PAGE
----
80 chaius; thence north 80 chains: thence east
80 chains to the point of commencement.
containing 640 acres, more or less.
JAMES MORRIS.
Donald Mcfilllivray, Agent.
Dated 2nd January, 1809.
IB&L* P°__? Q&S
1.2.50
THE  THREE
FOR
Regular Price S3.00
S2.50
An Oiler Which Meets the Special Wants ol All Classes of Readers
The Western Canadian reading public ia made up chiefly of these classes
Persons who have lived in the West (or a lengthy period and are out and out
Westerners, and recent arrivals from the Old Country, from the United
States and from Eastern Canada.
Perhaps no one newspaper could cater with complete satisfaction to all these
classes, but by this combination offer every special need is met
The Weekly Free Press and Prairie Farmer gives a complete record week
by week of all happenings in the Western Provinces. In addition it has speo-'hl
departments for American and British settlers. The Family Herald and
Weekly Star supplies the former resident of Eastern Canada with' uows of the
Eastern portion ofthe Dominion in detail, and the Grand Forks .Sun provides
| the local and Boundary news, which you cannot do without.
PERSIAN PHILOSOPHY
[f'HOM THE OULISTAN OP Sa'dI.]
If a worthless fellow, because of his
wealth, treats a learned man with insolence, reckon him an ass.
The money of the miser is coining
out of the earth when he is himself
going into it.
Show thy generosity, but make it
not obligatory, that the benefit may
redound to thee.
The ignorant, when beaten by their
antagonist in fair argument, shake
the chain of rancor.
Riches are intended for the comfort of life, and not life for the purpose of hoarding riches.
Were every drop of dew to turn
into a pearl, in the market pearls
would be as common as shells.
Wherever the tree of generosity
strikes root it sends forth its boughs,
vnd they shoot above the skies.
Whoever ventures his life unon an
unproductive hazard gains nothing but
the risk, und loses his own stake.
Whoever prostitutes his temperance, piety, and science, gathers his
harvest into a heap and sets fire to  it.
That man is fortunate who spends
and gives away, and that man unfortunate who dies and leaves behind.
One man hoards a treasure with
pain and tribulation; another comes
and spends it with tribulation and
pain.
Pray for that good-for-nothing man
who did nothing, for he passed his
life in hoarding riches, and did n_
spend them.
He who has in both his hands such
dates as he can relish, will not think
of throwing stones at the bunches of
dates on the trees.
The eye of the greedy is not to be
filled with worldly goods, any more
than a well can be rebanished from
the dew of night.
If desirous that you shouldst benefit by the wealth of this world, be
generous with thy fellow-creatures, as
God has been generous with thee.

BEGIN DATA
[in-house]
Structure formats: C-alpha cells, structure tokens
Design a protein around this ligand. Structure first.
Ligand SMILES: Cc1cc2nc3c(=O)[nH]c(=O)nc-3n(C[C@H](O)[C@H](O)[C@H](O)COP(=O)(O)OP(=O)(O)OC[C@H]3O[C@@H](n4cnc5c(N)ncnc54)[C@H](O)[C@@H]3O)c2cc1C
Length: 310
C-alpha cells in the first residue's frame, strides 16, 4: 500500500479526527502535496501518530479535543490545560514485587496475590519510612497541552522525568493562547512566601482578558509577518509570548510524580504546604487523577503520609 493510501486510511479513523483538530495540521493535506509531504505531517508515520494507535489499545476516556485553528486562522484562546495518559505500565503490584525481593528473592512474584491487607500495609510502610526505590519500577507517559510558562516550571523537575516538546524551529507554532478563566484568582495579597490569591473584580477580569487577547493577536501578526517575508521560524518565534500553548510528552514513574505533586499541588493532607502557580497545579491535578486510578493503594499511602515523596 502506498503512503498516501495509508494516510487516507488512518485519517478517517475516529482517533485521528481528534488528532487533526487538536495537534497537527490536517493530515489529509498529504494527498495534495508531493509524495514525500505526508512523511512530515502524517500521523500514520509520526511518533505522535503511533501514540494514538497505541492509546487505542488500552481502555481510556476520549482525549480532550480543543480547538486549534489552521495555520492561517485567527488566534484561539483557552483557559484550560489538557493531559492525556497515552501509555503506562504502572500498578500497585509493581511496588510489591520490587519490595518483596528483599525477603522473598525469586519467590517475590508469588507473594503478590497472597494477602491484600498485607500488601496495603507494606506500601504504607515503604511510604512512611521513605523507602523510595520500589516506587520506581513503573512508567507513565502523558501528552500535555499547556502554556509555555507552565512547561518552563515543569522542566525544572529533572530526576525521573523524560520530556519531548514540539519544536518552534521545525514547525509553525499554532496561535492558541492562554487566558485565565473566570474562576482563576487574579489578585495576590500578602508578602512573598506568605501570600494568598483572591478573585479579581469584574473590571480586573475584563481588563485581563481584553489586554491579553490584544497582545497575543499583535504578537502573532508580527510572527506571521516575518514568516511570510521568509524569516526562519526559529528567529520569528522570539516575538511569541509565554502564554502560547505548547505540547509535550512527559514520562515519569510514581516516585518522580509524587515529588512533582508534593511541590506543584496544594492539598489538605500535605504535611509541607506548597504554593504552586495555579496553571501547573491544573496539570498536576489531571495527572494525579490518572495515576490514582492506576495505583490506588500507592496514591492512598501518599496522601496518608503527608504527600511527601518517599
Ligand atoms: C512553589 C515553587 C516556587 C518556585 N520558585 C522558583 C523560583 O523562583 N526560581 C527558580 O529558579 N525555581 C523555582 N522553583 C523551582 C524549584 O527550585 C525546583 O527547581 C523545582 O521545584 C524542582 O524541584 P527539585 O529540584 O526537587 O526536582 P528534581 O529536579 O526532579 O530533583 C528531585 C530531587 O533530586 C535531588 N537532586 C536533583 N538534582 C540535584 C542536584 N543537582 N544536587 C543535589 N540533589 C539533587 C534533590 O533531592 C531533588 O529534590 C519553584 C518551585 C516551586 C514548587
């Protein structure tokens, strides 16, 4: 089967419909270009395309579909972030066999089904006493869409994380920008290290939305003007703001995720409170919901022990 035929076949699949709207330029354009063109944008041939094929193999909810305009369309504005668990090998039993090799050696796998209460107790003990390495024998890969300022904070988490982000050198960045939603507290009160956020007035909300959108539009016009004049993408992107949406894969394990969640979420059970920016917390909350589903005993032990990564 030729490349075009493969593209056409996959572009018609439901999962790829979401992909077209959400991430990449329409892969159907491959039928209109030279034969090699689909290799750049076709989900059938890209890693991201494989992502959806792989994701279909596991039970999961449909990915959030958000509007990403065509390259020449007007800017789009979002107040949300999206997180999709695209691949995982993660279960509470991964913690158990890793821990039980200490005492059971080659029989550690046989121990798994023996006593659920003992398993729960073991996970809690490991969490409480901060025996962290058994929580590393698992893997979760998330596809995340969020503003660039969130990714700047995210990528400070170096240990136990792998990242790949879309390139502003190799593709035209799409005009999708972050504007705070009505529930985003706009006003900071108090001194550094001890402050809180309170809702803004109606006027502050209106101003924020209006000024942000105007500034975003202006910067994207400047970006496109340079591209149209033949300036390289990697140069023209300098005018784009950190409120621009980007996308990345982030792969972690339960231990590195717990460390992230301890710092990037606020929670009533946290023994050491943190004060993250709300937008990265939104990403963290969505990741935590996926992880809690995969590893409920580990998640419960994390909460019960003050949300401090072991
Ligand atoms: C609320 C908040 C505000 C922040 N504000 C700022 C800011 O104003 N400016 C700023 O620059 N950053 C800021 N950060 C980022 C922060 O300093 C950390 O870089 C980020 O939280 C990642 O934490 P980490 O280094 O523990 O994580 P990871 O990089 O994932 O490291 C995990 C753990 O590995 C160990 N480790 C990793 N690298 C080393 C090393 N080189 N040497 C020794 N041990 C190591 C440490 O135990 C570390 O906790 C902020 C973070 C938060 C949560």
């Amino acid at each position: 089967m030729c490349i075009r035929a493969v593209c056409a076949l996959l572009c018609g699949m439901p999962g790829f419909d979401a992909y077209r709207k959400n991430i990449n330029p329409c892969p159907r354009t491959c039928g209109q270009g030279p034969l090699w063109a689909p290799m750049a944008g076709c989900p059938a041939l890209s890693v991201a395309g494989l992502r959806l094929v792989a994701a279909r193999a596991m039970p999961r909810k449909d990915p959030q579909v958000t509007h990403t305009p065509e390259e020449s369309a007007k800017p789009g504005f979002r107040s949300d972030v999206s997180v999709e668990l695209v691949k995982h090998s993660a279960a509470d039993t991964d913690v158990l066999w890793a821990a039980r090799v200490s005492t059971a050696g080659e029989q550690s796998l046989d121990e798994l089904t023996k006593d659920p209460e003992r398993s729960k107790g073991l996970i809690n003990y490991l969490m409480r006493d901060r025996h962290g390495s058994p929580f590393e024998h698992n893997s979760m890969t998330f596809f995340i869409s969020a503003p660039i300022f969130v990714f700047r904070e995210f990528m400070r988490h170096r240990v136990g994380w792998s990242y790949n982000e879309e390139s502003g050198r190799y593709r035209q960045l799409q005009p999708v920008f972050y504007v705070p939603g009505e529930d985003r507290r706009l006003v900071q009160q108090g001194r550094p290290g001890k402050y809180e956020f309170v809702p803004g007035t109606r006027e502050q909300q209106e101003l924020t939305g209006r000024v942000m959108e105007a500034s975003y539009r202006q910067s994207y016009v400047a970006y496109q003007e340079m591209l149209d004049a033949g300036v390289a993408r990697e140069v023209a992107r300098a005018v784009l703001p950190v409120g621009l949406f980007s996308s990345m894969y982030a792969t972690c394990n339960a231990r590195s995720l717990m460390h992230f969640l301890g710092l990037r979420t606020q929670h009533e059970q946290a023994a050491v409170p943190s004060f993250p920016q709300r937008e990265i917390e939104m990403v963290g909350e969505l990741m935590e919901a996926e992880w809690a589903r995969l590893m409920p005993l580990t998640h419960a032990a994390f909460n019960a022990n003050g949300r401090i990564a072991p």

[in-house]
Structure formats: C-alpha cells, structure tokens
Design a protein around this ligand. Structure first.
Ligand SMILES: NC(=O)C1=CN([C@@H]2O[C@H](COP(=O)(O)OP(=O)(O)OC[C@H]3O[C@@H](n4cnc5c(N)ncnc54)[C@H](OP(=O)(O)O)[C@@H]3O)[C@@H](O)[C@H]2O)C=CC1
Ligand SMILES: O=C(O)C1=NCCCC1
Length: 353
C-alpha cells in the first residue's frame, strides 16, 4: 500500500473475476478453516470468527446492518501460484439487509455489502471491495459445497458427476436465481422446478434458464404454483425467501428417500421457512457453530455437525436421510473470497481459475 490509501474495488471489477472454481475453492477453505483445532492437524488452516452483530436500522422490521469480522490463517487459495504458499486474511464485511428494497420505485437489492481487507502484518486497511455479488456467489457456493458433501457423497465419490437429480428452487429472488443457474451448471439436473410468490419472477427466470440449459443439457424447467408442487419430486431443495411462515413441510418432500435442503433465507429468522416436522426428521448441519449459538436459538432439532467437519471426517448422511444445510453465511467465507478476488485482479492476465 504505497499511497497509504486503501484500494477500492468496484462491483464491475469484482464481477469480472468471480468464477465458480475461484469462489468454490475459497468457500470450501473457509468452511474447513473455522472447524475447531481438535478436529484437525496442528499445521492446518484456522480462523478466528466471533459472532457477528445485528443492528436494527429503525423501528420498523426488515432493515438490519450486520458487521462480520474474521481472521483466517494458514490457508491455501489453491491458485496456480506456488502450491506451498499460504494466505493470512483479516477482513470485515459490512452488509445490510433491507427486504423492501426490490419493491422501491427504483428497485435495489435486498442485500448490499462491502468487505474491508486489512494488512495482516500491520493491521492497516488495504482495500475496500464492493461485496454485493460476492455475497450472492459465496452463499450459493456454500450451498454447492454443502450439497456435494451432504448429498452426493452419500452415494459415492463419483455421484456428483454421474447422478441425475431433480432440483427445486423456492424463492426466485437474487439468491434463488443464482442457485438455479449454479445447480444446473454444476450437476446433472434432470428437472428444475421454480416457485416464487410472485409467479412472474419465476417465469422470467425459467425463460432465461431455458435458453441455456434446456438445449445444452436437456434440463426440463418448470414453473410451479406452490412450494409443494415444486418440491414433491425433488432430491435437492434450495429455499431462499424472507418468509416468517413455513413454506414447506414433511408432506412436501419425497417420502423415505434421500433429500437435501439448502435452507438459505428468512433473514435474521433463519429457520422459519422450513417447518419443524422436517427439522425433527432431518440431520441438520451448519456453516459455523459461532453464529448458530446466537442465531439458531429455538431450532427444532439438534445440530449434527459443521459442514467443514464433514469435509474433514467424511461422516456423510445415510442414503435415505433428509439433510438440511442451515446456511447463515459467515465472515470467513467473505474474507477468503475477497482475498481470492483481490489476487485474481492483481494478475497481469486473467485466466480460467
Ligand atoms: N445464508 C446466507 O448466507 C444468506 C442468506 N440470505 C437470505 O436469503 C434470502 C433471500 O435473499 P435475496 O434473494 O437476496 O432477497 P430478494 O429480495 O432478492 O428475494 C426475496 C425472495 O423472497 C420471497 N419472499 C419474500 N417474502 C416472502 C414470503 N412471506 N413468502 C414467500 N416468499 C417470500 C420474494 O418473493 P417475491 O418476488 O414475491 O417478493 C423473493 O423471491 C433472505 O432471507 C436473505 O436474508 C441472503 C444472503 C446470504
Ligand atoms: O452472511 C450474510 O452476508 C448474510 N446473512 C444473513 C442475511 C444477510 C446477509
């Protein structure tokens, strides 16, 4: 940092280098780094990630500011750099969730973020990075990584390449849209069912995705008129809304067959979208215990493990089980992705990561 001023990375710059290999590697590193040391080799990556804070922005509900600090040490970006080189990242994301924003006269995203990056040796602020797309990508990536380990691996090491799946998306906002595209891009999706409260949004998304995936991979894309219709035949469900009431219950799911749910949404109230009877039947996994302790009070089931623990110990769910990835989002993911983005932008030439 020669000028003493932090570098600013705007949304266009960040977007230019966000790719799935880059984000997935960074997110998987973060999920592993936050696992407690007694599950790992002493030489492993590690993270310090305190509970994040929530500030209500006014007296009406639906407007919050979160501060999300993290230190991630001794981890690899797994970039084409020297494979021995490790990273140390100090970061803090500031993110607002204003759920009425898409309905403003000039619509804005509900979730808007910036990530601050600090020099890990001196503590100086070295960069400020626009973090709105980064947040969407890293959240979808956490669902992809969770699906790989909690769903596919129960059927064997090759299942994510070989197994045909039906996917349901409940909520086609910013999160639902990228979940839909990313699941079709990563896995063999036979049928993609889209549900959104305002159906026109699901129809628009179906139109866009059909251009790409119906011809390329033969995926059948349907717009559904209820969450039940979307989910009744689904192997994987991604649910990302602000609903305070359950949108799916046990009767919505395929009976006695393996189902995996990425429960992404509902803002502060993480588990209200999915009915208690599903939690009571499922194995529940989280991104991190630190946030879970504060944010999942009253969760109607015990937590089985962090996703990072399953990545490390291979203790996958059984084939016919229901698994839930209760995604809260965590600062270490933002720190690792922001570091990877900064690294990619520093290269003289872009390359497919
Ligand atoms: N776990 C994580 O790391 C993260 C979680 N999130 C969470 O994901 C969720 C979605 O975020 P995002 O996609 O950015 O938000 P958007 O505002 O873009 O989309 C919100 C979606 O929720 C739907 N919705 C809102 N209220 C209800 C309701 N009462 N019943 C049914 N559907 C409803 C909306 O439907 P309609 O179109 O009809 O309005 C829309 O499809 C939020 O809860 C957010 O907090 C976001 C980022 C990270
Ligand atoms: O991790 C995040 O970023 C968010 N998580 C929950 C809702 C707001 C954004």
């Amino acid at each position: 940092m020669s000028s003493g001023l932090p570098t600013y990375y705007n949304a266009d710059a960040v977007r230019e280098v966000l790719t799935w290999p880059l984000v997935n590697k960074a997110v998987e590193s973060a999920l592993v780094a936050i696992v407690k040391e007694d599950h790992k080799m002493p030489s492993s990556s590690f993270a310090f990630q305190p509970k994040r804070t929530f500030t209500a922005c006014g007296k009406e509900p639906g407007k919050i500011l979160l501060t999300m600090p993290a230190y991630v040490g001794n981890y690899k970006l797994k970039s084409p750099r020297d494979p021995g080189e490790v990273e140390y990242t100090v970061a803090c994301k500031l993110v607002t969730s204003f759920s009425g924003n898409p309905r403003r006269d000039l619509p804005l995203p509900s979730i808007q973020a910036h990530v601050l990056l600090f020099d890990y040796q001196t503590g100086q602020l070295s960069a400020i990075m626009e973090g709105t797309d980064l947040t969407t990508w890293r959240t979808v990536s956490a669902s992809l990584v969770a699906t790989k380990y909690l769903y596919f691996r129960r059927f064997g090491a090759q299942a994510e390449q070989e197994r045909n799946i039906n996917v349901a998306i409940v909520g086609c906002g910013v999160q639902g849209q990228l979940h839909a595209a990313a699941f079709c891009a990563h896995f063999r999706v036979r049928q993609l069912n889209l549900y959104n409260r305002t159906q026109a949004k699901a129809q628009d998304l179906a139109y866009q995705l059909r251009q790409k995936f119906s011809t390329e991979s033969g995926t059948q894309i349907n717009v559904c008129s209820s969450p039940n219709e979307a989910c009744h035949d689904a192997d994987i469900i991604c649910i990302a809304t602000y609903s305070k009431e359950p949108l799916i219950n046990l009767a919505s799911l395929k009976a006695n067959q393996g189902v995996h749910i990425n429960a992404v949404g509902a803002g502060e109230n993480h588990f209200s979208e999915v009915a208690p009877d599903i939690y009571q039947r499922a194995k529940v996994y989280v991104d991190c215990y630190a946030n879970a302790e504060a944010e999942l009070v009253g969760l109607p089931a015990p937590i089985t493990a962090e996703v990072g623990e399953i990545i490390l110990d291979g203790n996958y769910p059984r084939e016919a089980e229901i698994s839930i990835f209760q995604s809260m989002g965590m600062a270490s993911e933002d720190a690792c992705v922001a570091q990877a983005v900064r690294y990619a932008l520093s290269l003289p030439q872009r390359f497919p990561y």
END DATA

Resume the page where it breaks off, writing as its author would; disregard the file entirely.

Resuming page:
Whoever is inferior to others in
humanity, and is their superior in
opulence, though in appearance he is
rich, yet in reality he is a beggar.
The virtue of temperance remains
nof with a state of being famished:
and bankrupt oircuuistances will
snatch the rein from the hand of abstemiousness.
A kingdom is embellished by the
wise, and religion rendered illustrious
by the pious. Kings stand more in
need of the company of the intelligent, than the intelligent do of the
company of kings.
Take heed, and retreat not from the
orator's attack, for nothing is left him
but metaphor and hyperbole. Wield
thy polemics and la* citations, for
the wordy rhetorician makes a show
of arms over his gate, but he has not
a soldier within his fort.
O poor man! complain not of the
revolutions of fortune, for gloomy
might be thy lot wert thou to die iu
such sentimeuis. And now, 0 rich
man! that thy hunil and heart administer to thy pleasure, spend and
give away, that thou mayest enjoy
this world and the next.
However much thou art rend in
theory, if thou hast no practice thou
art ignorant; he is neither a sage
philosopher nor an acute divine, hut a
neast of burden with a load of hooks.
How can that brainless head know or
comprehend whether he carriea "ii his
hack a library or a bundle   of  fagots?
There is no rose without its thorn;
intoxication from wine is followed by
a cjualm; the hidden treasure hus its
guardian dragon; where the imperial
pearl is found there swims the man-
devouring shark; the honey of Worldly
enjoyment has the sting of death in
its rear; and between us and the
felicity of paradise stands a frightful
demon, namely, sutan.
Hotel C0iin
(WBlte G'eat furthers Station
P. D. MCDONALD, Proprtetor
Recently completed and
newly turniihed throughout. Conveniently located
for railway men. direct-
class accommodations for
transients. Board and
rooms by the week at pre-
y»i"ni."rates. Pine line ot
Wines, Liquors and Cigars
always in stook ut the bar
Grand Forks, B. C.
FORM OF NOTICE.
Yale Land  District.    District of Similkameen,
TAKE    NOTICE   that    Smith    Curtis,    of
Rossland, H.C, occupation wine operator,
intends to apply for permission to purchase
thc following descrihed lands:
Commencing at a post planted on the western side line of the Nelson & Fort -Shepherd
Hallway company's Lund t.raiii'and at the
southeast corner of 1'eter Shaw's pre eruption on Big Sheep Creek: thence west 70
chains; thence south IA chains, more or less,